Lately there has been a huge rise in the number of historical shows on television. I’m a fan for a few reasons, but here are the main two: I love learning more about history and I love looking at shirtless, bearded men wielding swords.


Certain shows deliver more than others (in both departments), but if you want one that is both rich in history and filled with crazy hot guys fighting each other in minimal clothing, then Vikings is a must watch. I discovered this show in the second season and bingewatched all the episodes in about a day. The midseason finale of season 4 aired on April 21, with the second half of the season returning in July. Even better than that? History Channel recently confirmed a fifth season. Thank god.

Vikings tells the story of Ragnar Lothbrok, a legendary chieftain who may or may not have actually existed. His name does appear in poetry and sagas, and he’s credited as being the father to real Viking warriors who have names like Ivar the Boneless and Sigurd Snake-in-the-Eye. But regardless of whether or not Ragnar was a real person, he certainly comes alive in Vikings, which explores his life as he gains power and influence among his fellow Norsemen. He’s an incredible warrior, and the show follows his wives, sons, family, and crew as they all battle for power and begin to explore –- and pillage –- the world around them.

As much as I love Ragnar as a character (his shirtless moments do not hurt), I’m really in it for his first wife, Lagertha. Also a historical figure, she ditches Ragnar after he tries to take another wife and then becomes a shieldmaiden, or a woman who is chosen to fight as a warrior alongside the men. She’s one tough cookie on the show, and proves over and over that she’s just as strong, if not stronger, than any of the men. I could watch her charge into battle all day long.The Season 4 midseason finale left things pretty up in the air for our heroes. No spoilers, but let’s just say that raiding Paris hasn’t gone as planned for any of them. With the announcement that the backend of season 4 returns this fall, we don’t have much of a wait until we learn Ragnar and his crew’s fate. Until then, here are three Viking-inspired books to tide us all over:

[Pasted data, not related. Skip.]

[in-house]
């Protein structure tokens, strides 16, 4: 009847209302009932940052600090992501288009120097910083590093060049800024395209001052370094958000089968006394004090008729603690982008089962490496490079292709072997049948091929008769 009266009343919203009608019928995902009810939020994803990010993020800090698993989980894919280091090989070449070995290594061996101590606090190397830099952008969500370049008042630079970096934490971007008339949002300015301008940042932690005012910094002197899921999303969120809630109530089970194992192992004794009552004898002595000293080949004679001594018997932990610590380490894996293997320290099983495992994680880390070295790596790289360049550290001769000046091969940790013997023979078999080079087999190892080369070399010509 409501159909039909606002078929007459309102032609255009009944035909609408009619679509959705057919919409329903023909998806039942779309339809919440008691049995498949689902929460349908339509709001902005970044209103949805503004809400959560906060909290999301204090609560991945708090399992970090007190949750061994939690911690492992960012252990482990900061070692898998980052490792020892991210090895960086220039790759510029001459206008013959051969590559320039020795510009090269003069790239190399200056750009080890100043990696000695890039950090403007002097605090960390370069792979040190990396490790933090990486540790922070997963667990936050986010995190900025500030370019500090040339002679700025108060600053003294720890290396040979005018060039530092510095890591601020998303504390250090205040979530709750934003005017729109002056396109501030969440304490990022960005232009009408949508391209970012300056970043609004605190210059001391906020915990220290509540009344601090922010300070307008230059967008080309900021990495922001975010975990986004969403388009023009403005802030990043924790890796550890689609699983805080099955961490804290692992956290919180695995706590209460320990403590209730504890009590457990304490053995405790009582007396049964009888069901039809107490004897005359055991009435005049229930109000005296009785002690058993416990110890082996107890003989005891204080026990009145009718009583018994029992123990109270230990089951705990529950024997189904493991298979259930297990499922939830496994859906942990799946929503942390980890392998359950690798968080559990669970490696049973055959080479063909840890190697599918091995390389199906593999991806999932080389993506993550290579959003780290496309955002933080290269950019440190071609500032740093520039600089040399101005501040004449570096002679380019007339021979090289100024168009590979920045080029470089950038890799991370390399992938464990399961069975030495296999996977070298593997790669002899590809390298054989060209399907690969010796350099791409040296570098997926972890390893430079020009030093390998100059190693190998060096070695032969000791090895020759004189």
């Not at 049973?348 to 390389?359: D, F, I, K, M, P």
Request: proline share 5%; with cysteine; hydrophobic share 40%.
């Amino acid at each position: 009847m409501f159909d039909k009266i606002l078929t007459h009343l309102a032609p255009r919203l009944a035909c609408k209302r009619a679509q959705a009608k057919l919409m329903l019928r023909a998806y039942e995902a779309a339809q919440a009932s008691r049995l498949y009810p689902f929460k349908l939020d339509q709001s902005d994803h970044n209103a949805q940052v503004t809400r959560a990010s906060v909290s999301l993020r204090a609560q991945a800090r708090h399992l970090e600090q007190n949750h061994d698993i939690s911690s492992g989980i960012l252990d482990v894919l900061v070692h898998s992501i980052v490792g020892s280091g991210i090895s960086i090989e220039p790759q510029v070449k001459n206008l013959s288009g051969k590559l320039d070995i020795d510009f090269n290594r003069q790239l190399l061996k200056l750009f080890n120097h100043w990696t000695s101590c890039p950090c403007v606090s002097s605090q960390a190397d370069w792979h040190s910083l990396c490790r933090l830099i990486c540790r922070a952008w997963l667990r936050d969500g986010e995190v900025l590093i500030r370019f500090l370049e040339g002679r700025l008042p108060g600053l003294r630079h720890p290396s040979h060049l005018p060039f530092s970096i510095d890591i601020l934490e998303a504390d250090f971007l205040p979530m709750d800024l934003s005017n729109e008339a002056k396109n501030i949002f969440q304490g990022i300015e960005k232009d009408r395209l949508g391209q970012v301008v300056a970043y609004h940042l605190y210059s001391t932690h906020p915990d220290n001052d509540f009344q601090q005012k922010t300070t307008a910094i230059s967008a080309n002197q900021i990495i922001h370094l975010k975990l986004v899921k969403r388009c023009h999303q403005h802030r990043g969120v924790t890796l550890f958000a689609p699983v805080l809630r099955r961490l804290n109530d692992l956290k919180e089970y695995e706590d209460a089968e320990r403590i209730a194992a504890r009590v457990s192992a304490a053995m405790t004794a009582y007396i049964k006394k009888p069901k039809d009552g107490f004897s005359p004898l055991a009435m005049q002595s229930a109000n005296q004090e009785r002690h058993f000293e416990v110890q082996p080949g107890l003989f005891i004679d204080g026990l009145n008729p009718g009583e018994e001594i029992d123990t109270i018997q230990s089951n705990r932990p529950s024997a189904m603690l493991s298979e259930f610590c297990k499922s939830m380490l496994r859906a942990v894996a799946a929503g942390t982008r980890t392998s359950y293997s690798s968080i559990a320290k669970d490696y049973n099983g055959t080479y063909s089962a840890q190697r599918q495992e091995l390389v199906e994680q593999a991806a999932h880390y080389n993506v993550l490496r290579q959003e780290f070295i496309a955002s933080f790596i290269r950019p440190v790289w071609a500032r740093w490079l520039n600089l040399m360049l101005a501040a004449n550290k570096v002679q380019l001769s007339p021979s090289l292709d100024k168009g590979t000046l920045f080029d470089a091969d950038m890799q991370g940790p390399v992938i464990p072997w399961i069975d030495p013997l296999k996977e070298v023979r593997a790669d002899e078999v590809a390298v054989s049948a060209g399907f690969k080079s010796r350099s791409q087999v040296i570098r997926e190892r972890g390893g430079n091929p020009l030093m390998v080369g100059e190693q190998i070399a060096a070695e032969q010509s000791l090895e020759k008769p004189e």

vikings-a-concise-history-of-the-vikings-henry-freemanVikings: A Concise History of the Vikings, Henry Freeman (Hourly History, April 10, 2016)

Dying to know more about the history behind the show? Then pick up Freeman’s nonfiction account of the rise and fall of the Vikings. The book details the Viking’s growing desire for exploration, their pillaging, and the eventual end of the Viking Age. Who knows, Ragnar might even make an appearance or two in this comprehensive history.





the-castle-of-the-kings-oliver-potzschThe Castle of Kings, Oliver Pötzsch (Houghton Mifflin Harcourt, July 19, 2016)

Pötzsch’s latest story starts in 1524, right before Germany’s Peasants’ War, which puts it about 700 years after the Viking Age. But just like Vikings, this sweeping epic has romance, detailed moments in history, war, fighting and a couple you just know should be together. It tells the story of Agnes, the daughter of an overlord who’s expected to marry in her class. But she only has eyes for her childhood friend Mathis, the son of a blacksmith. When the peasants revolt against their poor treatment, Agnes and Mathis find themselves caught up in the middle of a vicious war. Will they be able to survive? You’ll have to find out when the book is released in the U.S. in July.

the-ghost-monica-mccartyThe Ghost: A Highland Guard Novel, Monica McCarty (Simon & Schuster, May 31, 2016)

I think we can all agree that Vikings are pretty much the sexy predecessors to Scottish warriors in kilts. The Ghost brings us back to the early 1300s, and the constant fighting between England and Scotland. This is the 12th book in McCarty’s Highland Guard series, and this time the guard is a woman: Joan Comyn, who spies amongst the English to learn their secrets. But when she falls for a man who was once in the guard himself, both of their loyalties come into question. Alex Seton must chose between his love of Joan, or his duty to his new command. I just adore push-pull love stories (kind of like Ragnar and Lagertha!).